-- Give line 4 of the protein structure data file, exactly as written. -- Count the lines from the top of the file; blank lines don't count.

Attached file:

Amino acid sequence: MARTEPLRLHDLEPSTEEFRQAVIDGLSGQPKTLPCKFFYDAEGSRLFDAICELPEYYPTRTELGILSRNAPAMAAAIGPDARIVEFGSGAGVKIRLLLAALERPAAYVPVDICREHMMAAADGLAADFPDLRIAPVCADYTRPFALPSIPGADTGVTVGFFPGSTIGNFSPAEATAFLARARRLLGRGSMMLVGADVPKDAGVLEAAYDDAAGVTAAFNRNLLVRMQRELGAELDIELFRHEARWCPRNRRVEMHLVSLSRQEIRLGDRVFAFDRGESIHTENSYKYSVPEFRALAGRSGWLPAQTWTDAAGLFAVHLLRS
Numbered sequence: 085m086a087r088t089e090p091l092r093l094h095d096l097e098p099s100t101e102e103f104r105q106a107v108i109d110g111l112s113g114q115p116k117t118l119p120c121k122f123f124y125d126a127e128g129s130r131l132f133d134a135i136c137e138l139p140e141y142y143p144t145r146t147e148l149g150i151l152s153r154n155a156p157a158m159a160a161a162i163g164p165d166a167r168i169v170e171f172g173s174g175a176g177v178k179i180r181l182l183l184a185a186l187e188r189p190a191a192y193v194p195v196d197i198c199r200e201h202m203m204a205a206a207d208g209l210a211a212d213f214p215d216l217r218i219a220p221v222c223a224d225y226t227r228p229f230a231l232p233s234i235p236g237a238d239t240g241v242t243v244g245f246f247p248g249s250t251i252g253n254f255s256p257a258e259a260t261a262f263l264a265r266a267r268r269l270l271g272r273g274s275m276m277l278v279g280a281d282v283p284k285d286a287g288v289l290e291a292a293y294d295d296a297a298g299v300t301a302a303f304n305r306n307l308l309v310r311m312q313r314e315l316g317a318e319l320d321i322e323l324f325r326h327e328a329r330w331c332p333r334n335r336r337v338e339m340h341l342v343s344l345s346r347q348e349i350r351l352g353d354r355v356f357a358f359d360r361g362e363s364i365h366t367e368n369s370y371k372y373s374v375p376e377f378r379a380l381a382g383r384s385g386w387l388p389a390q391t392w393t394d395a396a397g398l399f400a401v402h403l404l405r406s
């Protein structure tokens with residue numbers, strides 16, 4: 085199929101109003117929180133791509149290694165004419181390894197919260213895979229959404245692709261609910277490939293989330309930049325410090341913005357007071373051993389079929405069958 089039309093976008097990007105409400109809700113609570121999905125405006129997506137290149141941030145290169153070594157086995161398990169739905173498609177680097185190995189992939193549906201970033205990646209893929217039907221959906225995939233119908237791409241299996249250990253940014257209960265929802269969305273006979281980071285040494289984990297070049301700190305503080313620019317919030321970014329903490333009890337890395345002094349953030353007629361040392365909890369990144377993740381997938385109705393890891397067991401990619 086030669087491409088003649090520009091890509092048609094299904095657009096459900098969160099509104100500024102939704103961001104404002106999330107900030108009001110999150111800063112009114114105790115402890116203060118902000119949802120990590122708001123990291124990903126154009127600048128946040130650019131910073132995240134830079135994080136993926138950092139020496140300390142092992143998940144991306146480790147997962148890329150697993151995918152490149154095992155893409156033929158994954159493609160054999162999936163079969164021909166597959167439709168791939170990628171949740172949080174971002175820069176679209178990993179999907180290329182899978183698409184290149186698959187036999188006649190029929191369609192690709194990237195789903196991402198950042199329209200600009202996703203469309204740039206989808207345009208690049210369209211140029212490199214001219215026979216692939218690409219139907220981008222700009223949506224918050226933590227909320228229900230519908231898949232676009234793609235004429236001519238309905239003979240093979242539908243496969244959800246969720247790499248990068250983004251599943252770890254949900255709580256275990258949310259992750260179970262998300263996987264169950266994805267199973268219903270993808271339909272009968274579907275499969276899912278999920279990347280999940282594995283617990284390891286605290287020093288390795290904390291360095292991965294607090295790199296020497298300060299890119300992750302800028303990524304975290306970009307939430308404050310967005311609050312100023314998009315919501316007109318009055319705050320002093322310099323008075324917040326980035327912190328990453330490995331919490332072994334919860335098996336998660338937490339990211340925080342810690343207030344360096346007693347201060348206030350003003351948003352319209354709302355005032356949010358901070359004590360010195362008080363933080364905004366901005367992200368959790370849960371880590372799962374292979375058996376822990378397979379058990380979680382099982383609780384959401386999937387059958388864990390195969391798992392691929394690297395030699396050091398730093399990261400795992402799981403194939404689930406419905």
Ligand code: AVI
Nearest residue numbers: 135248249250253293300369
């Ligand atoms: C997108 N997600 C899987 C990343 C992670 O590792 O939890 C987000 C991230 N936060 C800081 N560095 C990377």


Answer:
Ligand code: AVI